Senate Drug Plan a Hard Pill to Swallow

June 23, 2003
Robert Genetski

As the details of the U.S. Senate plan to create a Medicare drug benefit emerge, it becomes apparent that the plan is about as bad as one can imagine.

To begin with, the existing Medicare system is already running huge deficits, and without reform will be hemorrhaging red ink when today's baby boomers retire.

Instead of addressing this problem, the Senate plan makes it worse. The Wall Street Journal reports that Medicare Trustee Tom Saving estimates that the present value of the Senate plan--the value of the entire future obligation in today's dollars--is something like two-thirds the size of the current $3.8 trillion in debt held by the public.

The new entitlement would include a prescription drug benefit for 40 million Medicare participants. All the bureaucratic inefficiencies that plague the current Medicare system would be carried over into the new drug plan.

The Senate plan takes an inefficient system that has huge unfunded future liabilities and adds another entitlement to the original one. There is no effective use of the private sector or of market pressures to introduce efficiencies.

The end result is what we have come to expect from government edicts.

For example, current estimates place the average bill for prescription drugs for seniors at about $900 a year. Under preliminary reports of the Senate plan, Medicare recipients would pay a monthly premium of $35, plus a deductible of $275 a year, plus 50 percent of the costs of the drugs over the deductible.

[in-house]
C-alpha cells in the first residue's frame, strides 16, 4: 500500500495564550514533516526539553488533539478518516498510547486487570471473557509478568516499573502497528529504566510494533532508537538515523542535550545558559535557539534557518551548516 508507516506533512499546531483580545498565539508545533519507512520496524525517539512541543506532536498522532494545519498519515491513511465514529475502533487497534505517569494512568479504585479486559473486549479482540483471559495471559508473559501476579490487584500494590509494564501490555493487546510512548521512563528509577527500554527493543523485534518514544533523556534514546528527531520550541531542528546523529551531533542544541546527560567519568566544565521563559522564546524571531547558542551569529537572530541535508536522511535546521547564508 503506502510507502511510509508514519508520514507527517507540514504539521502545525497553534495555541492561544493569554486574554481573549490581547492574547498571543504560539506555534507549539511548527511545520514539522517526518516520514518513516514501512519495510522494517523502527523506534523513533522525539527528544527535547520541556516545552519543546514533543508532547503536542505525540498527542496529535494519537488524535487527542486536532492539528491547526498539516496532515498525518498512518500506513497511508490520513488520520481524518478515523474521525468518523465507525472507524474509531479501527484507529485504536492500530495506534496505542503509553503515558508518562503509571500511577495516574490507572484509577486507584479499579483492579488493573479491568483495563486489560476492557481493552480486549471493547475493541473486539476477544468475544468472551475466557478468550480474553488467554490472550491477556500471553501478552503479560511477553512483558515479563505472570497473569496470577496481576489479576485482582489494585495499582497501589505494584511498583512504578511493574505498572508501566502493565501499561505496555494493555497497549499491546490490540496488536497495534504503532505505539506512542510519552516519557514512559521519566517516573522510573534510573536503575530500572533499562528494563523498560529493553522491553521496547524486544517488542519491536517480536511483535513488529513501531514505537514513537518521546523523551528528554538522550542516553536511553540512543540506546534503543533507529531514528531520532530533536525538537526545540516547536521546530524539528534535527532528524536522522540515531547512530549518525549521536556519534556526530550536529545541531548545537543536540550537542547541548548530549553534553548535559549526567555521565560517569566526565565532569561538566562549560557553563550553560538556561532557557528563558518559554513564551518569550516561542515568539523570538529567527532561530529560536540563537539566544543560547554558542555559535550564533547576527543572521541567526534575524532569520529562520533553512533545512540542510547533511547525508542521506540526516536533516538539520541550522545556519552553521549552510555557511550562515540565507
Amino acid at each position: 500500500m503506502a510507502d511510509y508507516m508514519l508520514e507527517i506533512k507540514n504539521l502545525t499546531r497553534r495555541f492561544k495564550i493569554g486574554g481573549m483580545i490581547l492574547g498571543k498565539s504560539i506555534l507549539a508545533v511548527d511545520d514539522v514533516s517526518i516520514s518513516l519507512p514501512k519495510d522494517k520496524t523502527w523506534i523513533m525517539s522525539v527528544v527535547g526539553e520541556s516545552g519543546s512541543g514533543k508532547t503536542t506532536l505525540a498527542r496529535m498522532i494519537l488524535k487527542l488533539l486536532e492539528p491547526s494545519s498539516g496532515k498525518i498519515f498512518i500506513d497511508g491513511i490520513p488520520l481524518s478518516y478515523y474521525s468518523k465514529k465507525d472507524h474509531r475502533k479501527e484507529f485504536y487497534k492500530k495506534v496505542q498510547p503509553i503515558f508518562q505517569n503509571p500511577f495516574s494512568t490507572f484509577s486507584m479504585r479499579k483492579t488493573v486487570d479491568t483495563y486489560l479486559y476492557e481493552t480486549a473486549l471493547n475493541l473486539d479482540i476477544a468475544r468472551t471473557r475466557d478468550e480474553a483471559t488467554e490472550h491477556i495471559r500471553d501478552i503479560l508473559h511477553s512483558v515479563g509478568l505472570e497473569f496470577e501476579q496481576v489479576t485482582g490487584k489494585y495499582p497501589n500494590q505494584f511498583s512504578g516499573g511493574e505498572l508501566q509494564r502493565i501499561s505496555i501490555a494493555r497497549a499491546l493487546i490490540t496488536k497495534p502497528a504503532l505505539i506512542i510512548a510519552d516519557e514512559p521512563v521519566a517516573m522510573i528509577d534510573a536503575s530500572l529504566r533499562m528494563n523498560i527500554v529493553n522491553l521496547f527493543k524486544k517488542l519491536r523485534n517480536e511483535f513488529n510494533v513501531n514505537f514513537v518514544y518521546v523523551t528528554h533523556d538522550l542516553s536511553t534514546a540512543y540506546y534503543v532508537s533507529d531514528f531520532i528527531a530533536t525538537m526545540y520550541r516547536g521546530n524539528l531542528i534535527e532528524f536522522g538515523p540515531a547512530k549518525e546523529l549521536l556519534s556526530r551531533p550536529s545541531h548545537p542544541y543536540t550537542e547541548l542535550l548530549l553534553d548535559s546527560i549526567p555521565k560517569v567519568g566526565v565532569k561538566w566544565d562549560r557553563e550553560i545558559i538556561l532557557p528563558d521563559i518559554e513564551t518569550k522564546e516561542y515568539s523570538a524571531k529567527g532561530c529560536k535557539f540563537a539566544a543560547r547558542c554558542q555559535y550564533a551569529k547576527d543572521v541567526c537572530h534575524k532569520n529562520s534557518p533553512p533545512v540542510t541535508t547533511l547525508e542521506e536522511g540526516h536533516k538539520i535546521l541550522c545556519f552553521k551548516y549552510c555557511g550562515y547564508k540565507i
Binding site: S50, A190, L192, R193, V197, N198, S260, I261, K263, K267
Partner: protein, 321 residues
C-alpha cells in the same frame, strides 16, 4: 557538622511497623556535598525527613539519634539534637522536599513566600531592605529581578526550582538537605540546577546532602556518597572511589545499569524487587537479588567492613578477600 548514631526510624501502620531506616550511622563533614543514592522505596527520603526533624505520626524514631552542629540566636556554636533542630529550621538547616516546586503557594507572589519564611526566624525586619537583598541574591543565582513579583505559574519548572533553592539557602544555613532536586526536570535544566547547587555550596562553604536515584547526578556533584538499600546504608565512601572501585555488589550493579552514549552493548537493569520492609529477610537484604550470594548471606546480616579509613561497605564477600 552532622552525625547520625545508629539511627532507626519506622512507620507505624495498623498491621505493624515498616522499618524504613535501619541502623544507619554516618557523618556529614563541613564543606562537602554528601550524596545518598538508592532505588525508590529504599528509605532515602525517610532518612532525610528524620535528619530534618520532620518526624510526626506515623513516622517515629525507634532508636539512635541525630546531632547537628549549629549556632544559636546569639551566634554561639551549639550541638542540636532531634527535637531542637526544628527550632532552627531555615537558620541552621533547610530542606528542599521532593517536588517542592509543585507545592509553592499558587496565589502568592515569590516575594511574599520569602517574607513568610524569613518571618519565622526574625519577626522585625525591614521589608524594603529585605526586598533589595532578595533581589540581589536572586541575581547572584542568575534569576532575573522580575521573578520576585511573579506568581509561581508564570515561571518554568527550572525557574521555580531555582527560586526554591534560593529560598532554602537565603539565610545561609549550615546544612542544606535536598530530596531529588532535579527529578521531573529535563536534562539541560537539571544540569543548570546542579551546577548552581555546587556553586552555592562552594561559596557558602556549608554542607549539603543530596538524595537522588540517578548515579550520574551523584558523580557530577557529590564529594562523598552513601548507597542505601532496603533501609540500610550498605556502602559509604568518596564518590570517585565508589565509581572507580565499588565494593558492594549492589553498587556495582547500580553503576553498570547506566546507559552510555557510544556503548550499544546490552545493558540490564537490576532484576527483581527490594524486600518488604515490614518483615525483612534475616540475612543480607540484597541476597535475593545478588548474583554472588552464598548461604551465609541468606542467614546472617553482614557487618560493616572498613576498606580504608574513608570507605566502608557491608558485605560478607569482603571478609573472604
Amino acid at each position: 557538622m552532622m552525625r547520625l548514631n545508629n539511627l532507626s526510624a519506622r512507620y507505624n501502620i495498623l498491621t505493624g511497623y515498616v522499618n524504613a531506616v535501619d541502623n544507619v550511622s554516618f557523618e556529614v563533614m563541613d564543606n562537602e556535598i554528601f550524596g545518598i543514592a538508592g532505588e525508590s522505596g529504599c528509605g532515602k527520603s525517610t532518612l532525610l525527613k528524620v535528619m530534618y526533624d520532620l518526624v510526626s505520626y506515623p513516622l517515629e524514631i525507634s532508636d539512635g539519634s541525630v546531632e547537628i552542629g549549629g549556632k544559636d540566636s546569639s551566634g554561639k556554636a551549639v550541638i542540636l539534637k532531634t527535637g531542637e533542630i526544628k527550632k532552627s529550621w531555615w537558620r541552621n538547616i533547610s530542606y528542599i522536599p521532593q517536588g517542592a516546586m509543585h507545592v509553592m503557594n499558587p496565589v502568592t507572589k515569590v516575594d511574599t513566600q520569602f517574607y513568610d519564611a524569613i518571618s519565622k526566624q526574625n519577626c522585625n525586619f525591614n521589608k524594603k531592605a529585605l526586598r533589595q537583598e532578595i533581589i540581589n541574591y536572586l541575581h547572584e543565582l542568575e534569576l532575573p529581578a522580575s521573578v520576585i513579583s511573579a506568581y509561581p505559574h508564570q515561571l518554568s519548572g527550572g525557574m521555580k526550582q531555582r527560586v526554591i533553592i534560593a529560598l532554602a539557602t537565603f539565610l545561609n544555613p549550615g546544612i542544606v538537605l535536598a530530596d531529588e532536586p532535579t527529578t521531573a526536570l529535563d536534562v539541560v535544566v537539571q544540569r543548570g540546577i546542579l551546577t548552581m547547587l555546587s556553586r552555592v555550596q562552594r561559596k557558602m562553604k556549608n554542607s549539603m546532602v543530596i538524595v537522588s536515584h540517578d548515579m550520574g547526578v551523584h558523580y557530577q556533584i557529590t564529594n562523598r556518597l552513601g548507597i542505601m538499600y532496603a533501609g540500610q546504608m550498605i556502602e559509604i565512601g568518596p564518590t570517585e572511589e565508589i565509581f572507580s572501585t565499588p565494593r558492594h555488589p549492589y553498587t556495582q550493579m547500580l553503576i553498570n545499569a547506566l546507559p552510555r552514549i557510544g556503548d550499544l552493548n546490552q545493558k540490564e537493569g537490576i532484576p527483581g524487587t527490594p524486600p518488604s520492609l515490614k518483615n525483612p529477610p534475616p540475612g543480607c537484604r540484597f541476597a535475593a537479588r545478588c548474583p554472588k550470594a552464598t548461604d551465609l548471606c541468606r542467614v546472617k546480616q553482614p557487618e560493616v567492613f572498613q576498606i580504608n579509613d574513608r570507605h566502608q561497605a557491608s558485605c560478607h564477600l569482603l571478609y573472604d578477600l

This means a healthy senior with no drug bills would have to pay $695 a year for this plan ($420 for the premium plus the mandatory deductible of $275).

Interestingly, a senior with an average bill of $900 a year would still pay the $695 and would also pay $312.50 (half of the post-deductible $625).

Hence, an average senior will pay close to $100 more a year for drugs under a plan that will cost their kids and grandkids at least $1,000 per recipient. When the drug bill hits $2,000 a year, the "insurance" pays for less than $500.

The incentive here is clear--use drugs!

This monstrosity of a plan would not go into effect until 2006, so those members of Congress voting for it won't feel the backlash until after the next election.

Both Democrats and Republicans share the blame on this, with the bulk of it going to the Republicans since they are the majority party. But even more blame goes to President Bush, who has insisted the bill be on his desk by July 4.

What we have here is a shameless, politically expedient way of neutralizing an issue against the Democrats in next year's election, but at a huge cost to future generations.

The tax cut that was passed and signed into law by President Bush earlier this month did not place a burden on our kids, because it will produce new incentives to create wealth and expand the economy.

But the extension of a prescription drug benefit in Medicare does place a huge new burden on the next generation. This poorly thought out, inefficient program transfers more funds from our kids and grandkids to pay for retired baby boomers. It's a classic example of bad policy.

If politicians had any sense of shame, they should all be hanging their heads over the burden they are placing on future generations.


Veteran Chicago economist Robert Genetski is chief executive of GenetskiFinancialAdvisors.com. He can be reached at rgenetski@genetskifinancialadvisors.com.



This article first appeared in the June 23, 2003 issue of the Chicago Sun-Times. You can read it online at http://www.suntimes.com/output/business/cst-fin-medi23.html.